Thou shalt not offend law-abiding computer gamers with frivolous strictures, I think that’s a commandment somewhere. Whether CD/DVD copy protection tool SecuROM counts as frivolous, feckless, or downright frightening is debatable, but at least Rockstar’s being up front about its inclusion in the Windows version of Grand Theft Auto IV, which ships tomorrow. According to Rockstar by way of IGN:
Having copy protection allows us to protect the integrity or our titles and future investments, but at the same time we have worked very hard to ensure that our solutions do not persecute the legitimate players of our games.
Whether copy protection does or doesn’t “protect the integrity” of someone’s game is another debatable point, and if anyone’s got evidence, they’re not sharing. What we do know is that a vocal constituent of gamers despise protection measures for reasons that range from game-breaking drive incompatibilities to claims that the copy protection mechanism actually crippled their disc drives.
The folks complaining mean business. One group filed a class action suit against Electronic Arts in September over SecuROM’s integration with Spore. Another bunch flooded Amazon shortly after Spore dropped in early September to lash the game with a one-star rating in protest of its “restrictive” DRM scheme. As of December 1, Spore is still ticking along at one-and-a-half stars based on 3,158 customer reviews. Fallout 3 which also uses SecuROM has its share of Amazon DRM naysayers. (Foreshadowing?)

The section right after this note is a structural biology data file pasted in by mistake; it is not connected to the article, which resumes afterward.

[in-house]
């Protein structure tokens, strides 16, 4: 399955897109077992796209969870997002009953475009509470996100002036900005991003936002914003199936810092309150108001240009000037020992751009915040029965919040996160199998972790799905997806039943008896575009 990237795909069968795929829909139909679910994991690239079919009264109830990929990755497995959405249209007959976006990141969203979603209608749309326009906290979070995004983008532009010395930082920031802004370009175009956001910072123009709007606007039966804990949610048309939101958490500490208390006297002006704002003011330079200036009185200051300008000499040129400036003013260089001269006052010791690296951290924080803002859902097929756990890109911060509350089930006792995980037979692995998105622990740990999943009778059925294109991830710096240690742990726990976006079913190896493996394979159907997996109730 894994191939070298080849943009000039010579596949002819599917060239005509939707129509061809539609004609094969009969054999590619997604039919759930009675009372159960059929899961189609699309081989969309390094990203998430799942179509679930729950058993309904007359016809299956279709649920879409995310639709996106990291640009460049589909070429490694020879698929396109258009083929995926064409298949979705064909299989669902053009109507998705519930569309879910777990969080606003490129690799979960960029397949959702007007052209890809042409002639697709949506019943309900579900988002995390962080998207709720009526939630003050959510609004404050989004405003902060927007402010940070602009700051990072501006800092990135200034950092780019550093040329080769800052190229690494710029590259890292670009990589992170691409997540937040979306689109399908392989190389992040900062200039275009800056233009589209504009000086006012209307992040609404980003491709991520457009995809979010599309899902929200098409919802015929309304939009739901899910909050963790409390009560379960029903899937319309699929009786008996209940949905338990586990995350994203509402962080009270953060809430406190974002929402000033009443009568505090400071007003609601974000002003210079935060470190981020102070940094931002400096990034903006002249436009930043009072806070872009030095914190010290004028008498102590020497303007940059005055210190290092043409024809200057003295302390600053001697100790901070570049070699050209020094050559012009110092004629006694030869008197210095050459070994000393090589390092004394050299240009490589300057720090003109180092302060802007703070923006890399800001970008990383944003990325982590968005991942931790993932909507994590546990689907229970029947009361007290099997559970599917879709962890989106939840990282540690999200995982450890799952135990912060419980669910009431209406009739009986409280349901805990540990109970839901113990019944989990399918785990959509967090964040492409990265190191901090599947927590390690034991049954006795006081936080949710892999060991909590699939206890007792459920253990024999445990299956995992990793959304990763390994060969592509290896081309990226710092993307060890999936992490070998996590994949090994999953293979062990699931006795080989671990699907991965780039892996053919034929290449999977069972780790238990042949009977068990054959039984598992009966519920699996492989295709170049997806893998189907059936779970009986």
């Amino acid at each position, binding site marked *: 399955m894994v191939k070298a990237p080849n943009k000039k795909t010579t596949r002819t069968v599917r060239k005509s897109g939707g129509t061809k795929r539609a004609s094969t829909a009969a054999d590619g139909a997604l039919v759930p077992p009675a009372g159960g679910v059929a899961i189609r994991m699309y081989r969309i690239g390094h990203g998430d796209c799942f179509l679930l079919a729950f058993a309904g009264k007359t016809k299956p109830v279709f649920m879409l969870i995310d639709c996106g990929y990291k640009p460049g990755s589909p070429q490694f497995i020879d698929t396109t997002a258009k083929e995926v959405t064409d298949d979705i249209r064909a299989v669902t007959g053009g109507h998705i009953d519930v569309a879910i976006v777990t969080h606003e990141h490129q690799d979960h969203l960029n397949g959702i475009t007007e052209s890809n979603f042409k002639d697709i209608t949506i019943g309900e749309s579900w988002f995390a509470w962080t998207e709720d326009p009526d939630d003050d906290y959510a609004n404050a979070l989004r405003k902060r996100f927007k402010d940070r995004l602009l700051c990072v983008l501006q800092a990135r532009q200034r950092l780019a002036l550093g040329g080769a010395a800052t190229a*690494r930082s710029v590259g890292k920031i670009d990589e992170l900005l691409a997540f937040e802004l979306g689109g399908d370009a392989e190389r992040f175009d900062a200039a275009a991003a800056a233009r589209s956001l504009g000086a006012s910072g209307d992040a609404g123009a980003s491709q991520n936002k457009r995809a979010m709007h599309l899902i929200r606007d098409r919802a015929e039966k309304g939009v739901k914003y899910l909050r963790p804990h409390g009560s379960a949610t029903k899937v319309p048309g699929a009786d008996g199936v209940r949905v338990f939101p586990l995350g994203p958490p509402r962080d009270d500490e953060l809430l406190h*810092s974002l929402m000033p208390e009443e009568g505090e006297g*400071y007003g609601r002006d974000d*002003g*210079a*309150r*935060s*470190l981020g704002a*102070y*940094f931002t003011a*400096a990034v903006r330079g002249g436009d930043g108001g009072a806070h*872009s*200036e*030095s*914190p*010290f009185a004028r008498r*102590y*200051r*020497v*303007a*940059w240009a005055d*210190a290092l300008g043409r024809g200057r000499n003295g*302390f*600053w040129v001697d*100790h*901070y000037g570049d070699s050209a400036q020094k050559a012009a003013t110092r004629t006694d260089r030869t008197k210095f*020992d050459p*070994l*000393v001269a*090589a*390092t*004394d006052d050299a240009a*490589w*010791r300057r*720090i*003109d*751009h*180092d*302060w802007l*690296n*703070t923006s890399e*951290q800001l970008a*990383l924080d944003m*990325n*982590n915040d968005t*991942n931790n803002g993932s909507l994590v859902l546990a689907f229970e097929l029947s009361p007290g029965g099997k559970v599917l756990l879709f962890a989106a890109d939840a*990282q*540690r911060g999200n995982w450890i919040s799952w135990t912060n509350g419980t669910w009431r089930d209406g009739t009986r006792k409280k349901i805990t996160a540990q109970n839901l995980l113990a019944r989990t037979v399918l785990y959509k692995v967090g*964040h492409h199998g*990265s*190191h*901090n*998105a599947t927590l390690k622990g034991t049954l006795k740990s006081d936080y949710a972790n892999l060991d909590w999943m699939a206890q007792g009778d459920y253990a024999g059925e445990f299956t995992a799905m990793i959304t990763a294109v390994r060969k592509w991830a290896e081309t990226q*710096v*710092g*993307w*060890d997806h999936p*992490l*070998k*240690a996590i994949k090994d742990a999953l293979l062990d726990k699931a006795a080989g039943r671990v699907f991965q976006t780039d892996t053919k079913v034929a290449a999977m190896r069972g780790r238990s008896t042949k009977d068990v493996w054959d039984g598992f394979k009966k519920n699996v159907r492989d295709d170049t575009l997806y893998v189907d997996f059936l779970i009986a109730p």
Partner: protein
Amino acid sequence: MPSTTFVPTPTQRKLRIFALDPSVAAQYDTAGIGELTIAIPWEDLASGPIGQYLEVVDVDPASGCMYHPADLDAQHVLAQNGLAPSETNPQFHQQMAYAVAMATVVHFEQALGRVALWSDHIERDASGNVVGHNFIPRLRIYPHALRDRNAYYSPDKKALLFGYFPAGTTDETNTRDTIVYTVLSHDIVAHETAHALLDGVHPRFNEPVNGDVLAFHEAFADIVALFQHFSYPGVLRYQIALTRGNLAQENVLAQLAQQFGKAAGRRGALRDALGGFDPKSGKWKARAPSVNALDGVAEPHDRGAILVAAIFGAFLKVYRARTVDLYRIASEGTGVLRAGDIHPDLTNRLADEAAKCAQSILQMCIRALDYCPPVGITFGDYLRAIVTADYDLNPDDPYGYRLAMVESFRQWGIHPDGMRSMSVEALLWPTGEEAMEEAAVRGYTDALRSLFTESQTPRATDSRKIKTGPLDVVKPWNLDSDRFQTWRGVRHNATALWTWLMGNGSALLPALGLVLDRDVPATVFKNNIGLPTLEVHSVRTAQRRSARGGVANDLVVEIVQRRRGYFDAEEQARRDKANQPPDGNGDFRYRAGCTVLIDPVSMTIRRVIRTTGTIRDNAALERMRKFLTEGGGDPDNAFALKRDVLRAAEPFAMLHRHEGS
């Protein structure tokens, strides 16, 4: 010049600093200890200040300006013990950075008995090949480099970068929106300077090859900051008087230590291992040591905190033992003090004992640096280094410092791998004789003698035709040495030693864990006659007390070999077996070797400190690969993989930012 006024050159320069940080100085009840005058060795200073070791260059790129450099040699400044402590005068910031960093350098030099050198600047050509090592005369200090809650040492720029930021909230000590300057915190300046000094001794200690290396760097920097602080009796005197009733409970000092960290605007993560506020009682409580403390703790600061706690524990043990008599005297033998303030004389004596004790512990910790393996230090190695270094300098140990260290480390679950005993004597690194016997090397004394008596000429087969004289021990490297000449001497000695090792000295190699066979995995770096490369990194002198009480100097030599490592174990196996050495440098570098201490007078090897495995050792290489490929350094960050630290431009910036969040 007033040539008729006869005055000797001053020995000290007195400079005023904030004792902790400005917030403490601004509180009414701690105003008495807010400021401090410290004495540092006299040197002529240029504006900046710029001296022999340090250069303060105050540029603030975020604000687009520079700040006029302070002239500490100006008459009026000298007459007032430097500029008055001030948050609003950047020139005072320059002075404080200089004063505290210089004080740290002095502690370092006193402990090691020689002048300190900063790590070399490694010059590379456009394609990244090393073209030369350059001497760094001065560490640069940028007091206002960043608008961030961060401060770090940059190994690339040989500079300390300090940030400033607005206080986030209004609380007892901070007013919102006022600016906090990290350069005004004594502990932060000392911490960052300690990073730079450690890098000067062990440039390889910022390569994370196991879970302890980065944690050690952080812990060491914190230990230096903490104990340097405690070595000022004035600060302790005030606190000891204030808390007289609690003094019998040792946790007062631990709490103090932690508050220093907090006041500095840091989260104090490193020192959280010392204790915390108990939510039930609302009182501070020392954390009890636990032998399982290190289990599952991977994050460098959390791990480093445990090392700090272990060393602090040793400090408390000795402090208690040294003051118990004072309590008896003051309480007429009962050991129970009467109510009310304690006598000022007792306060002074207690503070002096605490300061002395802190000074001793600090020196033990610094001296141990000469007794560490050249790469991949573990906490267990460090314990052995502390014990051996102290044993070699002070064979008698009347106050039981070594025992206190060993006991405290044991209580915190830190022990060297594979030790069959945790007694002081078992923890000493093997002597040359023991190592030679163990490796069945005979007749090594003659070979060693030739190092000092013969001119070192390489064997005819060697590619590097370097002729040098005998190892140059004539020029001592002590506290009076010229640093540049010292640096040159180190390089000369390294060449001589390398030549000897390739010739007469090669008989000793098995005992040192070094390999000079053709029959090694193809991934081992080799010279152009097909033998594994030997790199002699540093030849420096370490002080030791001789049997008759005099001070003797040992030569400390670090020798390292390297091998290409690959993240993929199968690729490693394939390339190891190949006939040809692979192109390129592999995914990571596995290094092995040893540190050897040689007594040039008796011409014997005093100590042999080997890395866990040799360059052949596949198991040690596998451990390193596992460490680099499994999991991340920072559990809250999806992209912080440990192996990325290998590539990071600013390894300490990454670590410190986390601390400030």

What GTA IV for Windows actually requires: Online activation “once per Windows account per machine” or if you change “any two ‘major’ components on your PC.” Stay within those parameters and you can uninstall or reinstall the game as many times as you like per the retail version. The digital version work disc-free, but still uses SecuROM and requires online activation to play.
I’ll spare you another DRM tirade. I despise it too, though full disclosure department, I’ve only had one run-in with it, and that was getting Silent Hunter 4 up and running years ago.
My primary allergy: online activation. I rebuild systems and swap parts routinely. I’ve spent more time than I care to think about with a receiver wedged between shoulder and ear to unlock something or reset an activation queue. Time is money, and the latter’s already changed hands when that rude “activate now?” dialogue box materializes. Publishers call it necessary. I call it creatively bankrupt. Chalk it up not to the beat of technology, but the thud and clomp of deficient thinking.
What’s your take? Does GTA IV’s use of SecuROM mean you’ll steer clear of the PC version? And would you risk picking up, as Rockstar puts it, “a Trojan or key logger” to download a cracked “DRM-free” version of the game after purchasing a legitimate copy, to sidestep installing SecuROM?